Democrats from Edina and Woodbury vote against SRO fix bill in Senate

The bill now heads to a conference committee.

Those who voted no on the bill that many in the law enforcement industry had been asking for since August include: Sen. Alice Mann of Edina, left, and Sen. Nicole Mitchell of Woodbury.

A coalition of Democrats and Republicans in the Minnesota Senate voted to approve the “SRO fix” bill on Monday. But HF3489 came nine votes short of passing the chamber unanimously.

Those who voted no on the bill that many in the law enforcement industry had been asking for since August include: Sen. Alice Mann of Edina and Sen. Nicole Mitchell of Woodbury. Neither articulated their opposition to its merits during a floor debate that lasted more than three hours on Monday afternoon.

Other DFL senators who voted against the bill are: Liz Boldon of Rochester, Jennifer McEwen of Duluth, Erin Maye Quade of Apple Valley, Omar Fateh, Zaynab Mohamed and Bobby Joe Champion of Minneapolis and Foung Hawj of St. Paul.

All 32 Republicans in the chamber and 25 Democrats voted in support of the bill.

Champion, who, as Senate president, is the second-ranking Democrat, didn’t explain his opposition to the bill on Monday. Senate Majority Leader Erin Murphy of St. Paul voted for the bill.

Republicans were able to get votes from two DFLers, Fateh and McEwen, on a floor amendment that would expand the definition for when “reasonable force” may be used by school staff to include preventing theft, damage, or destruction of property. That differs from language approved in the House of Representatives last week, so a conference committee was scheduled to hammer out those differences at a meeting Tuesday morning.

Once the conference committee comes to an agreement, both chambers are expected to pass a final version, which will then head to the desk of Gov. Tim Walz.

The hope among Republicans and bill author Sen. Bonnie Westlin is that the conference committee can complete its work before the end of the week.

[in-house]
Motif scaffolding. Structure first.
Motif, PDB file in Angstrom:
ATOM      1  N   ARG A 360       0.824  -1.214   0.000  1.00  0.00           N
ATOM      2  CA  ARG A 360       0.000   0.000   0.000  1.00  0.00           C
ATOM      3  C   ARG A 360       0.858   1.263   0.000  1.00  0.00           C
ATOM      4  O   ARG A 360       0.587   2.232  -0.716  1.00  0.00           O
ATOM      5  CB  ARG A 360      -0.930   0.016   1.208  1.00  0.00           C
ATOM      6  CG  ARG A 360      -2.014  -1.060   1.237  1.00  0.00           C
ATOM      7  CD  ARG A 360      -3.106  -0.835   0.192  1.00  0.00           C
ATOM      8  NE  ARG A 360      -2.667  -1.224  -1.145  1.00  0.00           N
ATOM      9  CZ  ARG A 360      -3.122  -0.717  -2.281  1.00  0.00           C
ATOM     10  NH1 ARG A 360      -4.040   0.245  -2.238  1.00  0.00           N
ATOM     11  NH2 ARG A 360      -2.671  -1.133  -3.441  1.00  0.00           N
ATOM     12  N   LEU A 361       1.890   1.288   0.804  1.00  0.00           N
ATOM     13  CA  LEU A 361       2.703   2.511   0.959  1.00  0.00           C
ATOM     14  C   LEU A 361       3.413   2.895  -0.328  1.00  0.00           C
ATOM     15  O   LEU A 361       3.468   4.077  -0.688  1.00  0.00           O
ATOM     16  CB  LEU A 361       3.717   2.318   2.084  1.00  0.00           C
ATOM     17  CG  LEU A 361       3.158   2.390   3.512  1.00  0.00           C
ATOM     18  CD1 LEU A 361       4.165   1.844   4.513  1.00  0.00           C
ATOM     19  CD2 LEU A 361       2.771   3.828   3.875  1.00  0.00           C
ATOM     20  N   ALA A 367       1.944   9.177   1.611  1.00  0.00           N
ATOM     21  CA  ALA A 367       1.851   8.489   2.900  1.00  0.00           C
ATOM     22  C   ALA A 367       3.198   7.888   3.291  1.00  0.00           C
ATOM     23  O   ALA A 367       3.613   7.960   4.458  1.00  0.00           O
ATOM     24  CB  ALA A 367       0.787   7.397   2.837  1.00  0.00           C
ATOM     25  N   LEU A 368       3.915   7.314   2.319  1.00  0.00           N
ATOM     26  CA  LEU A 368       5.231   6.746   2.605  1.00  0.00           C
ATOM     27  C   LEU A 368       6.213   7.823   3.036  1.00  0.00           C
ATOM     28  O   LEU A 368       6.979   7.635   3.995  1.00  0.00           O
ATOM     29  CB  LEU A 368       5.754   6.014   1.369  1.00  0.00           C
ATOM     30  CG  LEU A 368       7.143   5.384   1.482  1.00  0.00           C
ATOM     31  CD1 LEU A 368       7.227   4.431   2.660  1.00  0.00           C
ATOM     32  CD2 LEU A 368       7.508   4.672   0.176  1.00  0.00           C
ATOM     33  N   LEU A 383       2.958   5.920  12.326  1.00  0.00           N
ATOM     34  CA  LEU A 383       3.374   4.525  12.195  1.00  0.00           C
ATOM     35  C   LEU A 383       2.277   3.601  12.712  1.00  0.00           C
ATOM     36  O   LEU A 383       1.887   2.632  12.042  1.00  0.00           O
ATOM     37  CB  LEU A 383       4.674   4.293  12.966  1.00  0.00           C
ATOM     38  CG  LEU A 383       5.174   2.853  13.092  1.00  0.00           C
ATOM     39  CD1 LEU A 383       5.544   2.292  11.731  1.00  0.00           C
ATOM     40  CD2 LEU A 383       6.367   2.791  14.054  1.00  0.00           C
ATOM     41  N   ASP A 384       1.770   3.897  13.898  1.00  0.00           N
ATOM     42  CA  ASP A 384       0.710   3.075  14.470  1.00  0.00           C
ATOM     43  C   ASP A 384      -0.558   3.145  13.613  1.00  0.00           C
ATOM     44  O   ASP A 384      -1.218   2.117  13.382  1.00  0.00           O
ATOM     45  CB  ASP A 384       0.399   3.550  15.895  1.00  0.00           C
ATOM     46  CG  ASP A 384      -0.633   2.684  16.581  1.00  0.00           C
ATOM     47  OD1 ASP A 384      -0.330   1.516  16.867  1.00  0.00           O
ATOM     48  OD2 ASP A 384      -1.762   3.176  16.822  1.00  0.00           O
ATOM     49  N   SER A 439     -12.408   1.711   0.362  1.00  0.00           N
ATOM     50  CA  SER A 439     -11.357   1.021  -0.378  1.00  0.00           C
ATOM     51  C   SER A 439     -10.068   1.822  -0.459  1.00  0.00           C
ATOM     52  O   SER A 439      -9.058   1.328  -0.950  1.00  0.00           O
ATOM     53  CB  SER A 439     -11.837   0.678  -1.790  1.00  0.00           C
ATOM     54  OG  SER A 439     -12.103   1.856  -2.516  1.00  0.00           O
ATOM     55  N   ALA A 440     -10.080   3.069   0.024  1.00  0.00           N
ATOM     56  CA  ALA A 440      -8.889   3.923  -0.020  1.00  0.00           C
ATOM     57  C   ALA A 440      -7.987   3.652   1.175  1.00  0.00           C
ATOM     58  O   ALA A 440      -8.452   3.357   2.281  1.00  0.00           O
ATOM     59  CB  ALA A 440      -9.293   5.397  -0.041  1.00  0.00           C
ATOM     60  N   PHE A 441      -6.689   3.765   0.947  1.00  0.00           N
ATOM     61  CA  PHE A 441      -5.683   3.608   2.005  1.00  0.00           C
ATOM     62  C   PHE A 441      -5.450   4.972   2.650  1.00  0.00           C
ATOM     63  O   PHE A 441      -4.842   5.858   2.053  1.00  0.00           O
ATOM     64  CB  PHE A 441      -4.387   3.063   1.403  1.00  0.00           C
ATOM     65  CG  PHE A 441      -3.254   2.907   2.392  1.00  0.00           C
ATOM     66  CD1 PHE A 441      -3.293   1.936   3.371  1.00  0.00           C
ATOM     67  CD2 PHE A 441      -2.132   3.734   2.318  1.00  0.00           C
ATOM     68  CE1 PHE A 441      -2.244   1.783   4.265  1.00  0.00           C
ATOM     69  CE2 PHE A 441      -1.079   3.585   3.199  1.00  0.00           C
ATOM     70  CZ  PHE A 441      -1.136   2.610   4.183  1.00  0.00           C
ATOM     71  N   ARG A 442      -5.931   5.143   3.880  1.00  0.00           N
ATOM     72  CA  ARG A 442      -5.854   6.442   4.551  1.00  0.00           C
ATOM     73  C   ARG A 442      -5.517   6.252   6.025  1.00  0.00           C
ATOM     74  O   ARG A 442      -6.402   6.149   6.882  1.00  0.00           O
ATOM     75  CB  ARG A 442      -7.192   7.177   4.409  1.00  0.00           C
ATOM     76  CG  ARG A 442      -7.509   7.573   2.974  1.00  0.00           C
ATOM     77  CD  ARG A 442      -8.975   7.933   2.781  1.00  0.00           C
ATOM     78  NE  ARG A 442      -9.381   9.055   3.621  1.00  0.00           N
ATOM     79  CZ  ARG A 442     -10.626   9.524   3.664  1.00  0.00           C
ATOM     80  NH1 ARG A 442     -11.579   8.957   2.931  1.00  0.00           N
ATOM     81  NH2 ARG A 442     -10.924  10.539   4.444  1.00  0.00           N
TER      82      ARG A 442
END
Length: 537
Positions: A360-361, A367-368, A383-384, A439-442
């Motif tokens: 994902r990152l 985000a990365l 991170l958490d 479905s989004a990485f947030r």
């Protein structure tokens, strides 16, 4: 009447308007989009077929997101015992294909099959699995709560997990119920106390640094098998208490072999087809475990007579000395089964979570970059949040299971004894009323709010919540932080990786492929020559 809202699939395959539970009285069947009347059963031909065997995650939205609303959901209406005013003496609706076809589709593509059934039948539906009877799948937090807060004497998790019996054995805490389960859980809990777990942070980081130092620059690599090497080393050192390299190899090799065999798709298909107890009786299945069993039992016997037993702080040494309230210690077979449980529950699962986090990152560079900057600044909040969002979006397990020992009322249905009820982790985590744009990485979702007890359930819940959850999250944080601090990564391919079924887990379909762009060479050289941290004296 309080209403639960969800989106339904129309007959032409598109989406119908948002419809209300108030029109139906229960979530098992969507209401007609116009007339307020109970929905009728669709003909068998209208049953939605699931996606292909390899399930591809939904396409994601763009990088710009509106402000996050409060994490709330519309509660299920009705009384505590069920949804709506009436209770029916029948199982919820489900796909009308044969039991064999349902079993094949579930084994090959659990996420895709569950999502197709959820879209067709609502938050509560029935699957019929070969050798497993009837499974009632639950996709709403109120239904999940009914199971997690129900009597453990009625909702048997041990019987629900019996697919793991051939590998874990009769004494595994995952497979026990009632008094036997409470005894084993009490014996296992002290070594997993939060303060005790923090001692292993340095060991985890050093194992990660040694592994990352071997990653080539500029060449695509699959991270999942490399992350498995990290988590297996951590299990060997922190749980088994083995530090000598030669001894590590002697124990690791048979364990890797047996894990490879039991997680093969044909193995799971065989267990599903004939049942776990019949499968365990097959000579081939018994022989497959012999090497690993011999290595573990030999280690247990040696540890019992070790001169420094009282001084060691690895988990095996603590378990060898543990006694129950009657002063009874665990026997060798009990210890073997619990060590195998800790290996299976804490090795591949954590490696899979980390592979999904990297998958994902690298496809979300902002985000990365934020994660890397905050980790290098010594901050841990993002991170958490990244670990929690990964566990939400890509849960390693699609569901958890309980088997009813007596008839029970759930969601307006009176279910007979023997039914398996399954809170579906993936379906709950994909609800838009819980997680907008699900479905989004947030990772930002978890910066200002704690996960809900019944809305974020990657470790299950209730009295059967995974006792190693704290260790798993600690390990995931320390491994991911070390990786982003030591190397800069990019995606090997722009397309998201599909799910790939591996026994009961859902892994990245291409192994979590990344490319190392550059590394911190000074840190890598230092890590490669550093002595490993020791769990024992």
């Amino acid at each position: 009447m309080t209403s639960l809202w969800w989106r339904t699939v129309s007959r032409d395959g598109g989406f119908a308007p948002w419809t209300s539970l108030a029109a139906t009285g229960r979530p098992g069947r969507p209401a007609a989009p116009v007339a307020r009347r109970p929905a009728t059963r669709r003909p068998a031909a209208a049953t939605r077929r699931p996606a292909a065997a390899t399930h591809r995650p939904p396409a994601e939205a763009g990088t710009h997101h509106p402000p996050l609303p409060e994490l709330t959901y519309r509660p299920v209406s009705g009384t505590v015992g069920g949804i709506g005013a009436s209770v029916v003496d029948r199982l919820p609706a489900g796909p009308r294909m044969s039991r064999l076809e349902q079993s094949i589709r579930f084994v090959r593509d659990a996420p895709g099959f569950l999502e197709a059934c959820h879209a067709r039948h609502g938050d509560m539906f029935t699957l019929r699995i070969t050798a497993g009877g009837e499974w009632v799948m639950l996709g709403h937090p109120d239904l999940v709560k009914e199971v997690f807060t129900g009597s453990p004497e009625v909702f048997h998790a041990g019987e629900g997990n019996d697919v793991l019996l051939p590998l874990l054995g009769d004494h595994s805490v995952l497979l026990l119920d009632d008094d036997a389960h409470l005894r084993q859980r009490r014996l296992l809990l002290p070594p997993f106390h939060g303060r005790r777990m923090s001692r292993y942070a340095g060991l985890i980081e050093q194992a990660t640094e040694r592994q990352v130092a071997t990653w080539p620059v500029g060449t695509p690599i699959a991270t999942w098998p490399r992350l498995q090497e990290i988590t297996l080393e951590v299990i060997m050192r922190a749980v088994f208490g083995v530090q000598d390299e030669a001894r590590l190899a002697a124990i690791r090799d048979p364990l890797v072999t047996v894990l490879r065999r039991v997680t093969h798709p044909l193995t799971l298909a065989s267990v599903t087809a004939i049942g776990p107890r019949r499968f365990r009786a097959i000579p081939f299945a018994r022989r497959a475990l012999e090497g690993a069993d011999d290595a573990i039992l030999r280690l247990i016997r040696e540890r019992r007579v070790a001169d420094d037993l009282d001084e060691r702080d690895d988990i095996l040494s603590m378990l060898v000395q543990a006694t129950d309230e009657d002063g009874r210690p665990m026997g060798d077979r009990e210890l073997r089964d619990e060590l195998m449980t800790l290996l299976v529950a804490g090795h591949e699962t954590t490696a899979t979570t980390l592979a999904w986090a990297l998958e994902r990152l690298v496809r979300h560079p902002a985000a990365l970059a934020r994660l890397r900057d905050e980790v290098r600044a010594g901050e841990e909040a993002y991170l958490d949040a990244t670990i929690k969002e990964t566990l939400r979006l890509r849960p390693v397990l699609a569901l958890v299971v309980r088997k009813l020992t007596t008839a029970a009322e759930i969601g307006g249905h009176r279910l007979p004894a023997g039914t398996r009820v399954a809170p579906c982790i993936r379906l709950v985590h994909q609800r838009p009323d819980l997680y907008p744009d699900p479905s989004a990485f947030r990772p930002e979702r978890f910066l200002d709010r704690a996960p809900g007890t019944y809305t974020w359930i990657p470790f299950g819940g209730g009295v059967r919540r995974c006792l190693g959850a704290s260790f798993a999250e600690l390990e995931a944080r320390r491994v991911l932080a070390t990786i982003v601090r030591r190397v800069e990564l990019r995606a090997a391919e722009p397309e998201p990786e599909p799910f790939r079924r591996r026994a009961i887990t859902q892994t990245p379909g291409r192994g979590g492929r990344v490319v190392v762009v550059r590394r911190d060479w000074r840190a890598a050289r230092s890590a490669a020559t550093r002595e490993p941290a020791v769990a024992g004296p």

“This is a good bill,” said Westlin, DFL-Plymouth. “It is a thoughtful bill. It has input from any number of stakeholders, agencies, the other body and this body and I’m proud of the work that we did. I’m proud of the bill that we produced. And I believe to my core that this bill will, in fact, be better for our kids.”

Bill author Sen. Bonnie Westlin speaks on the Senate floor Monday. (Minnesota Senate Media Services/YouTube)

Early in the discussion over the bill, Sen. Eric Pratt, R-Prior Lake, offered an amendment he said would effectively negate the change to the law that went into effect last August. It would instead require districts to report annually data from the prior school year about any reasonable force used on students to prevent bodily harm or death to the student or another.

“What this will do is it will take us back to the law that existed in the 2022-2023 school year and allow us to collect the data and truly understand if we have a systemic problem and any solution we have is based on data, not on individual anecdotes,” Pratt said.

Democrats asked for a recess to consult with one another on the amendment. When the Senate returned, the amendment was defeated by Democrats, with the support of Republican Sen. Jim Abeler of Anoka.

Westlin said Pratt’s amendment would “completely undo the hours and hours of work” that legislators and stakeholders put into finding a compromise solution to the law enacted in August that prohibits school employees and agents from using the “prone restraint and certain physical holds.” The language of the SRO “fix” legislation would exempt school resource officers from this prohibition.

The bill also would create a model policy for SROs that would be developed by the Peace Officer Standards and Training Board by Dec. 31, 2024. Republicans in the House have criticized the model policy provision.

“There’s one good thing that comes out of the debate today,” said Sen. Zack Duckworth, R-Lakeville, “and that is I think it’s undisputed that our school resource officers are extremely valuable members of the family of our schools throughout the state of Minnesota.”


Hank Long

Hank Long is a journalism and communications professional whose writing career includes coverage of the Minnesota legislature, city and county governments and the commercial real estate industry. Hank received his undergraduate degree at the University of Minnesota, where he studied journalism, and his law degree at the University of St. Thomas. The Minnesota native lives in the Twin Cities with his wife and four children. His dream is to be around when the Vikings win the Super Bowl.